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Spanning decades and emotions, Goodbye, First Love follows fifteen-year-old Camille (Lola Créton) on her unpredictable and at times very heart breaking love story with the cheerful Sullivan (Sebastian Urzendowsky), an older boy who reciprocates her feelings. Well, mostly.
Sullivan wants to be free to explore the world and upon informing Camille of his plans to travel alone through South America, she is left devastated.
As we watch eight years pass, Camille develops into a more rounded out, focus woman with a new interest and budding career in Architecture and a developing romance with an older professor. Cue Sullivan’s reappearance in her life.
When he walks back into her life – or, tellingly, rides back in like a teenager still with his bike – Camille is lured back to the past. What we get is as an intriguing intellectual structure, with the natural world that dominates the first half of the movie replaced by an intense concern with design and architecture as Camille sets about both rebuilding her emotional life and forging a career.
Camille is not an especially easy girl to love because of her intensity and, in her teenage years, a selfishness, self-pity and neediness that would drive away any man, despite Lola Creton’s mesmerising Pre-Raphaelite beauty, yet Creton, who is best known for Catherine Breillat’s Bluebeard, breaks through her character’s rather severe surface with a burst of passion that will break your heart, an upsurge of desire that that sends her tumbling back to the place where nothing mattered but the river, the mountains and the boy at her side.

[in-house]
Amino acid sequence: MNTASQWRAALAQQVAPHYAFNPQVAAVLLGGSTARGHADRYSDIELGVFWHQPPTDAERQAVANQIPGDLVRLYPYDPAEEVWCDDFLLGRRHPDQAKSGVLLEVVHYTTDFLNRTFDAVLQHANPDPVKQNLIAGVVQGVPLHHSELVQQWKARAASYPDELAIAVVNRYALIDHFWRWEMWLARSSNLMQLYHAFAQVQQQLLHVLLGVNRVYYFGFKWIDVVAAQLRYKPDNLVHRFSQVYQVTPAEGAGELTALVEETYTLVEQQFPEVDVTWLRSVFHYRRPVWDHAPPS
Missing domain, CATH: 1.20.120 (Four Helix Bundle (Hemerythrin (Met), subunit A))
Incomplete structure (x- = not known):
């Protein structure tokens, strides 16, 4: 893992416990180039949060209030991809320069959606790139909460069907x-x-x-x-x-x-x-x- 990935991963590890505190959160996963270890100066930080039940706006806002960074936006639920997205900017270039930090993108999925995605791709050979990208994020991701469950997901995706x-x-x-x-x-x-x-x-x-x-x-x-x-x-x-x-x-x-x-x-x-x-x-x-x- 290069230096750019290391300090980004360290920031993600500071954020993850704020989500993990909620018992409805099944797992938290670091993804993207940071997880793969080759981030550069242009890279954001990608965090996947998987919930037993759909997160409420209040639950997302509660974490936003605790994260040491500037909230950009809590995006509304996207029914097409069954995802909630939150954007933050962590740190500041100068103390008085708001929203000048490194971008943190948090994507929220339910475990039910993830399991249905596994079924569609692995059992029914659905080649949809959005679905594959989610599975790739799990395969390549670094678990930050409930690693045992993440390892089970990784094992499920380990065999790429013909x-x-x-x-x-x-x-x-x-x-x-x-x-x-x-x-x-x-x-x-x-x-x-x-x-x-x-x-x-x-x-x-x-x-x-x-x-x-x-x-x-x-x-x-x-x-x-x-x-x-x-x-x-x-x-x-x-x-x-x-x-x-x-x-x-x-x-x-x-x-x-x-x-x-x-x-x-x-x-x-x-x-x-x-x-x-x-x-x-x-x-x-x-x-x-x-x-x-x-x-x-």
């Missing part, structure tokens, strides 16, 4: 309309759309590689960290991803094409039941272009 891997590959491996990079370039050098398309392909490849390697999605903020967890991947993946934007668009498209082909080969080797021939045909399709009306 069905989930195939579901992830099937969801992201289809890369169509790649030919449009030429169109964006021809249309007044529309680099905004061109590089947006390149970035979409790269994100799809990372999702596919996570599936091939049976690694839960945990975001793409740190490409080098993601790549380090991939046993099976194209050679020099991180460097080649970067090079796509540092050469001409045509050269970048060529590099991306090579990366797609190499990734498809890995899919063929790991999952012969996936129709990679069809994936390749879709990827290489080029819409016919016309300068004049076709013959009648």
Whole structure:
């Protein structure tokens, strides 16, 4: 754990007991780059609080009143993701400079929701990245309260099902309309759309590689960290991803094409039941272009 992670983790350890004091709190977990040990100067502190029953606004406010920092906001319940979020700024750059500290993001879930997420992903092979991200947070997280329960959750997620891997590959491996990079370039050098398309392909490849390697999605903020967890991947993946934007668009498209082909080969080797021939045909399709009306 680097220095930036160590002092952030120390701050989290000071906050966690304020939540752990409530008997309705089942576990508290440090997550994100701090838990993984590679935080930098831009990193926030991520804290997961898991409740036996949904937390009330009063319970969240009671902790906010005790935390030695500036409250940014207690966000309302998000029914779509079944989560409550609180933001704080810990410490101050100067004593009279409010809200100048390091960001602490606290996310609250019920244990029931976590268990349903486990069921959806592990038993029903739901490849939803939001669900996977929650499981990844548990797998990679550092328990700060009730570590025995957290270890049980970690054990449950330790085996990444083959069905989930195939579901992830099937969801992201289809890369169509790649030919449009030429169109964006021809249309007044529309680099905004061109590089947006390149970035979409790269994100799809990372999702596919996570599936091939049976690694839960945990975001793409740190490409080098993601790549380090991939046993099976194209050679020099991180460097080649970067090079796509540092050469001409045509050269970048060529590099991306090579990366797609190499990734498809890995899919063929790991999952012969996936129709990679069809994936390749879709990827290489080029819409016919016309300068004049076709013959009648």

Filled with scenes that showcase her extraordinary ability to evoke moods and feelings, director Hansen-Løve takes the story of a girls first love and makes it into a singular experience. It feels uniquely special as it enlists the use of such broad strokes highlighted by emotions and experiences that are particularly specific.
The setting of this film is almost a character itself, the Garden of Eden from where the young couple ejected by the onset of adulthood, yet to which they are both constantly drawn back, evokes a strong and exhilarating emotional energy from the viewer – as exhilarating as it is entrapping.
Camille’s original innocence and naivety (some would argue stupidity if they had not been to the same place themselves), “the only thing I care about is love” and a suicide attempt after he sends her a break up letter gives way to a much more developed character which Creton plays extremely well, particularly as she begins to realise that Sullivan was never quite as committed to her as she was to him.
Lorenz (Magne-Havard Brekke – captivating performer), the floppy-haired, charismatic Norwegian professor guides the recovering young woman into a personal and professional maturity, and I believe Brekke adds a great deal more dimension to this film.
I would definitely recommend this film to Nicholas Sparks fans and anyone who enjoys a bit of nostalgia.